Soundings: The weird world within our bodies
It takes energy to move a muscle or think a thought. Energy comes from oxidizing (‘burning’) food. But the energy released when a candy bar reacts with oxygen can’t be used directly.
Wood fuels a steam engine, but it’s not the fire that does the work. The fire’s heat boils water. It’s steam that pushes the pistons.
In nearly every cell in the body, food energy is harnessed to make a molecule called ATP. It’s ATP that then energizes muscles, brains and glands. Every day, our bodies manufacture half our body weight in ATP (and use it as quickly as it is made).
ATP is just one of the thousands of different types of molecules our cells create. And cells are not slouches; a single cell churns out thousands of molecules per second.
Molecules react when they draw close enough to trade atoms. One of the keys to high output is to quickly get molecules into intimate contact. Cells have pumps and ferries to move some molecules, but for most molecules, they must rely on simple diffusion – the same random process by which perfume drifts from a neck on one side of the room to a nose on the other.
This process might not seem very efficient, but our cells inhabit a different world than we do.
A housefly walks straight up a wall and, without missing a beat, continues, upside down, across the ceiling. The fly’s body is so light that gravity has little influence on it – much less influence than the electromagnetic forces that allow its feet to stick to the ceiling. (Human feet are electromagnetically sticky, too, but our bodies are so heavy that gravity is the more compelling of the two forces, and ceiling-walking is a very challenging skill.)
The smallest living cells are those of bacteria. Typical bacteria could be lined up 25,000 to the inch. Anything small enough to reside within the watery environment of the bacterium’s body experiences the force of gravity as not just puny, but completely irrelevant.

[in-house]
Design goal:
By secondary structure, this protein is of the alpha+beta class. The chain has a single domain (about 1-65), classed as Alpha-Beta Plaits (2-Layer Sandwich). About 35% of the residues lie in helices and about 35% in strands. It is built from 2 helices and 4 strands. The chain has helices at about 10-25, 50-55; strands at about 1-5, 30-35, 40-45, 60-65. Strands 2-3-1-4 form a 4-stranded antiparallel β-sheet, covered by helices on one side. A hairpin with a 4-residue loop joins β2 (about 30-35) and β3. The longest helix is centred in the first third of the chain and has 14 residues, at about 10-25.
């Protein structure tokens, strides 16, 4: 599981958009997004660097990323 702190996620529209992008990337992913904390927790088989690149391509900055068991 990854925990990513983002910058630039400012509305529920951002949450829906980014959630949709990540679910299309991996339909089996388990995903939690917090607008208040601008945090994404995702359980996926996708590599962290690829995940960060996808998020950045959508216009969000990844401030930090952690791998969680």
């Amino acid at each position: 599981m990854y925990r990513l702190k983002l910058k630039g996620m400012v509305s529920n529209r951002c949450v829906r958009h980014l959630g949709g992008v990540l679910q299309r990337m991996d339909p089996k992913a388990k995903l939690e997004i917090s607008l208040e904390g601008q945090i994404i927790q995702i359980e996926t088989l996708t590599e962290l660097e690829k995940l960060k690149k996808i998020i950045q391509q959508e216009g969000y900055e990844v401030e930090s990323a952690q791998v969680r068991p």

The more energy a molecule possesses, the faster it moves. Suppose a bacterium needs to combine some molecule in its body with, say, a molecule of vitamin C. Knowing the mass of a “C” molecule (about 88 times heavier than a molecule of hydrogen), and how warm it is (say, 37 degrees Celsius – body temperature), we can calculate the average speed at which a molecule of vitamin C moves from point to point in a bacterial cell: 450 miles an hour.
At that rate, a molecule of vitamin C could make the trip from one end of the bacterium to the other, and back again, more than a hundred million times a second.
But the cell is not empty; it’s chock full of other molecules, into which the vitamin C collides, again and again.
In his book “Bionanotechnology,” David Goodsell (Scripps Research Institute) notes that, given the tiny distances involved, simple diffusion within the cell ensures that, on average, every molecule that’s not tied down will collide with pretty much every other molecule in the cell – at least once every second.
Human cells, though larger than bacteria, are still in the ballpark when it comes to the efficacy of diffusion.
With molecules bouncing around at hundreds of miles an hour, the cells of our bodies can churn out thousands of new molecules every second.
Alan Stahler trained as a biologist and is an amateur astronomer. He teaches enrichment classes for children and adults at Sierra Friends Center. His science programs can be heard at noon on alternate Tuesdays on KVMR-FM (89.5). He will be speaking with David Goodsell on “Soundings” on Tuesday, March 9, at noon.
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